Has the emergence of the national security canon canard become the foundation for what Vladeck calls the "normalization of the exception" - perpetuating near total control by the Executive Branch in having the final check over suits brought against itself, but conveniently politicizing the interpretation of existing law for its own ends and gain or creating its own secret and exigent 'laws' by unilateral fiat when existing law is insufficient to protect itself from accountability?
In other words, does the canon of national security give the Executive Branch a special standing exemption from all claims seeking damages from the government because the plaintiffs have no standing and therefore any remedies that award damages or compensation would violate national security policy?!Furthermore, are we in a time where the government has established novel defense arguments of essential and sovereign immunity from lawsuits arising from damage incurred to plaintiffs due to government misconduct simply because it was done in the name of national security and collateral damage is the price for protecting state secrets and continuance of the national security regime's activities without undue interference?
Does the national security canon provide an unfettered provision that protects government liability and accountability from plaintiff claims even when the government is overzealous, overreaching, or has engaged in misconduct and wrongdoing?
Case in point. I am a co-plaintiff in a civil lawsuit against the NSA and the FBI for the return of seized property they continue to indefinitely retain. The government is the defendant and has invoked several novel theories and manipulation of law, statute and precedent in the case to justify their continuing retention of our seized property.
They have claimed the seized property is contraband even though no crime was committed, argue that we have no standing because we have no clearances and that any and all information they label as government information (even unclassified) is subject to control and must remain in the possession of the government. They have also asserted that the courts have no jurisdiction because only the Executive Branch has exclusive authority over determining the nature of the material! They have also said in court filings that the government cannot return our seized property because if they did they would violate the Espionage Act because we are not authorized to receive it.So Kafkaesque!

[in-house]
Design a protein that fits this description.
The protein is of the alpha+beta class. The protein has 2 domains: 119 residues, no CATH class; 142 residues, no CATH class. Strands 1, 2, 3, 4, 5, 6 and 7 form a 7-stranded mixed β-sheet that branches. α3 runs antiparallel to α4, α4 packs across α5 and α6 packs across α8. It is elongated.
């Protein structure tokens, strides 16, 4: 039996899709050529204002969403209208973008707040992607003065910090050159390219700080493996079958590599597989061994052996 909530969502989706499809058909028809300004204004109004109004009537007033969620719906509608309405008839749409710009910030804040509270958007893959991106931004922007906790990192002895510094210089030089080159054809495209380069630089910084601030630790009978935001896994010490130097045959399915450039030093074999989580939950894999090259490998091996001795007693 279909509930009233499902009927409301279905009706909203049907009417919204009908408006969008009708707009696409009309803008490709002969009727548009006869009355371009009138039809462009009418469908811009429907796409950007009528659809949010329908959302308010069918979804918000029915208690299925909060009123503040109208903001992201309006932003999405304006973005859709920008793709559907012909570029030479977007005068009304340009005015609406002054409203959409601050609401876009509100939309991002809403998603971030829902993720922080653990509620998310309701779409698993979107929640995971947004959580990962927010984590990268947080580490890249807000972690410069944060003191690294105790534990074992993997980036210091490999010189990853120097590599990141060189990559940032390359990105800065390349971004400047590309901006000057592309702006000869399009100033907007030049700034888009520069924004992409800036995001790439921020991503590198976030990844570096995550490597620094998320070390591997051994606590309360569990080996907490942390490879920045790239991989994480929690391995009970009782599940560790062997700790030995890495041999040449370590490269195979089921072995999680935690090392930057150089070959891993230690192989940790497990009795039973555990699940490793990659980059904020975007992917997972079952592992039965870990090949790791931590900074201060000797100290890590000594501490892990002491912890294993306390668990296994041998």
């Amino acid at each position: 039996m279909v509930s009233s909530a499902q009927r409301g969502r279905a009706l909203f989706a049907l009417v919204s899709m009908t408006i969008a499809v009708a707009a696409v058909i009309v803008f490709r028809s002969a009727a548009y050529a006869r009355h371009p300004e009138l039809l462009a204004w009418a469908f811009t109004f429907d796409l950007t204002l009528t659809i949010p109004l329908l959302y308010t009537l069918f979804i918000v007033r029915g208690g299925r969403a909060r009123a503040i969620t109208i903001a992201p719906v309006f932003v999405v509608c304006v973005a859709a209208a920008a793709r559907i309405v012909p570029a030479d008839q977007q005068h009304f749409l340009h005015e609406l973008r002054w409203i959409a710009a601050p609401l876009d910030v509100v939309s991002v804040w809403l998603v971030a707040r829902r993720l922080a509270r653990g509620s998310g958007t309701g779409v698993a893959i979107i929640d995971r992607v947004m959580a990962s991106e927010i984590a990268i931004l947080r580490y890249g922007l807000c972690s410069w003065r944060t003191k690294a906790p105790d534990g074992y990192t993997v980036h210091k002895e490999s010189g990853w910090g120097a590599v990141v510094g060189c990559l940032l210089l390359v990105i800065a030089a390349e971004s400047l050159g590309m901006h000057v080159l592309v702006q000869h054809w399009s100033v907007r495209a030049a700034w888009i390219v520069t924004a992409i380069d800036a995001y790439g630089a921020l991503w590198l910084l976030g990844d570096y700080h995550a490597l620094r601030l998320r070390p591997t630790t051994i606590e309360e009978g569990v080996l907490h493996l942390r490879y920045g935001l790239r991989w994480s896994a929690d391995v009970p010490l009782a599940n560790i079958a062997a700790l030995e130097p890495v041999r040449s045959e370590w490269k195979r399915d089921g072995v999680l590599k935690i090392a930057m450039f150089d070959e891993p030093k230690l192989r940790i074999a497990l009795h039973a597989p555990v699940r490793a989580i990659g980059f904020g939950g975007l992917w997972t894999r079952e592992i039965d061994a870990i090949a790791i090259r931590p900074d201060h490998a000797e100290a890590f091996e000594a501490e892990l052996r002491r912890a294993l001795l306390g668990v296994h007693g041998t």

Are we at a point where national security policy - where so much of it is conducted in secret - is now immune from jurisprudent oversight and off limits for determining the legality, let alone the Constitutionality of these policies, let alone questioning their validity?It raises very troubling questions for the future of a Constitutional Republic and an open and transparent democracy.
Seems the disturbingly normalizing reality we face is that any government conduct protected by the blanket of executive branch invocation of national security under the guise of cyber, counterterrorism or other threats - even when illegal, unlawful or causes unwitting or witting damages to people - is therefore immune from redress under the 1st Amendment, whistleblowing, congressional oversight, or even judicial review.
What country do we really want to keep for this generation and generations yet to come?
Is sacrificing the inalienable rights of life, liberty and the pursuit of happiness worth the price?